Mechanized Carrot Harvesting: CSA Summer ’13 ” Week #20 – FINAL

 In CSA Newsletter

The Barrel Washer - used for washing carrots and parsnips

When we first started farming, we harvested carrots with a digging fork. Root by root we dug them up by hand. Typically we would bunch them with their tops on in the field, and then spray the bunches clean in our shed with a hose.

In 2009 we purchased an under-cutter. This implement is pulled behind a tractor. It is a large steel blade that goes under the ground and essentially cuts and loosens the soil under the root vegetables, making it easy to pull the roots out of the ground by hand. (We also use this implement to lift up the plastic mulch we use for our heat-loving crops). Once we moved to this system, we were able to harvest much faster by hand. We stopped bunching the carrots at this point, and began ‘topping’ them, meaning ripping off their greens and leaving them in the field. At first we washed these carrots with a power washer in the shed.  Then later in 2009 we purchased a barrel washer (pictured aside). This nifty piece of equipment uses water, rotation, and the friction of roots against themselves to knock off dirt.

With the undercutter, we could now harvest about 100# by hand per labor hour.

This year we invested in a ‘new’ piece of equipment – a carrot harvester from the 1960s. This machine is pretty amazing. It allows us to harvest about 450# of carrots per labor hour! Instead of the bed of carrots full of many folks topping carrots into crates, now a team of 3 of us can accomplish this task handily.

I’m going to do my best to describe how this machine works. I’ve posted a video of it in action on our You Tube page, so you can see what I’m talking about!

The mechanized harvester is an implement pulled behind the tractor. It is powered by the ‘PTO’, or Power Take Off.  A PTO transfers the power from the tractor’s engine to a piece of equipment being pulled by it. The carrot harvester has two metal guides and a blade that runs under the ground. Just by moving the tractor forward, the blade under-cuts whatever lies within the guides. Using hydraulics, an operator has the ability to steer these guides. Once the blade pushes the carrot up and out of the ground, a series of belts, powered by the PTO shaft,  grab onto to the carrot tops. These belts move upwards and eventually yank off the tops. The tops get spit back out into the field. Meanwhile the topless carrots land on a belt, also powered by hydraulics, that moves them to the back of the machine and spits them out where we catch them into harvest crates.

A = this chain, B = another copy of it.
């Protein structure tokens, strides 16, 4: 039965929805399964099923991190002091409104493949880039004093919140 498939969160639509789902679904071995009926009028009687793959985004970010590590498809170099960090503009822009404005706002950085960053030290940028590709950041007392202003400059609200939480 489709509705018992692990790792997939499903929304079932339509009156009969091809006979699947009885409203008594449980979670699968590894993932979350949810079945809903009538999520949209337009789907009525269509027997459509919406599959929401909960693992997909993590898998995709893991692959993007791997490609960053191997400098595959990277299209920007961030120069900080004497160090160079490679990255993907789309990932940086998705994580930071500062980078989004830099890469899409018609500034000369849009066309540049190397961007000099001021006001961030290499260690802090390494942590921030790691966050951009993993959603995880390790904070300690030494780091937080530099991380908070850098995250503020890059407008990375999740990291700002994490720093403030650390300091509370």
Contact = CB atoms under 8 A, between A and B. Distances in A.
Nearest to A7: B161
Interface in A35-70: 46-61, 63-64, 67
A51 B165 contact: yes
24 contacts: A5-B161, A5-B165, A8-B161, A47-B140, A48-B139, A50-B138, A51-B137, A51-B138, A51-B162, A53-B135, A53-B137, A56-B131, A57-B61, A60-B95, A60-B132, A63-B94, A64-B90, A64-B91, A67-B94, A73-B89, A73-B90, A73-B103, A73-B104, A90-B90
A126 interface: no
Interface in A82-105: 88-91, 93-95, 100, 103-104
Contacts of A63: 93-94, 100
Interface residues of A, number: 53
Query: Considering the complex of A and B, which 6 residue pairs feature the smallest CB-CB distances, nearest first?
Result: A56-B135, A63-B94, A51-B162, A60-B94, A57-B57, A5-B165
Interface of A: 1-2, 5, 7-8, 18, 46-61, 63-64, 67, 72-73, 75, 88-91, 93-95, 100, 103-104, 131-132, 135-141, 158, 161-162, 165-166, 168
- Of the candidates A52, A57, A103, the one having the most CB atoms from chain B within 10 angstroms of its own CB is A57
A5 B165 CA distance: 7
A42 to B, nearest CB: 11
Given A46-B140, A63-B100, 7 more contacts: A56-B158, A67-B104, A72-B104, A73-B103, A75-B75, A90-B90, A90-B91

So here’s what the team of 3 does:

Cassie drives the tractor. (Which I’m actually quite tickled to do, because Zea is convinced that only Daddy is skilled enough to drive a tractor!). I am in charge of steering the whole implement.  I also turn on the hydraulics and the PTO – a low-skill job that requires great diligence, as these can easily cause bodily injury to the other 2 members of the harvesting team.

Mike operates the steel guides. Standing on a platform on the machine’s side,  Mike operates the hydraulics to aim the steel guides and blade to harvest the roots.

Steven ‘catches’ the carrots. The carrots are spit out the back of the harvester and land in harvest crates. Steven is constantly trading a full crate (~ 40 #) for an empty one.

This is the new paradigm of carrot harvesting at our farm. Completely mechanized. The only real manual work that remains is to lift and move and the harvested carrots into storage – which sometimes can take longer than actually harvesting them! While there has been quite a bit of trial and error as we work together to figure out the optimal operation of this harvester, we couldn’t be happier to be able to pull out these roots with such efficiency – it makes it possible for us to grow more and give you more!

To see this machine in action,  check out: Mechanized Carrot Harvesting Video.

Many thanks to all of you for a wonderful season. We feel so grateful to have shared it with you. Enjoy this last box of the summer season!

With gratitude,

the Noltnerwyss family and Crossroads crew


In the Box:

  • Butternut Squash
  • Carrots
  • Celeriac
  • Green Kale
  • Head Lettuce
  • Onion, Yellow

EOs only:

  • Beauty Heart Radish
  • Garlic
  • Leek
  • Parsnip
  • Red Onion
  • Sweet Potatoes

REGs only:

  • Green Cabbage
  • Red Potatoes
  • Rutabaga

End of Season Survey!

Summer Week #20: Wednesday, October 23rd” Group B EOs (FINAL box for all REG & Group B EOs)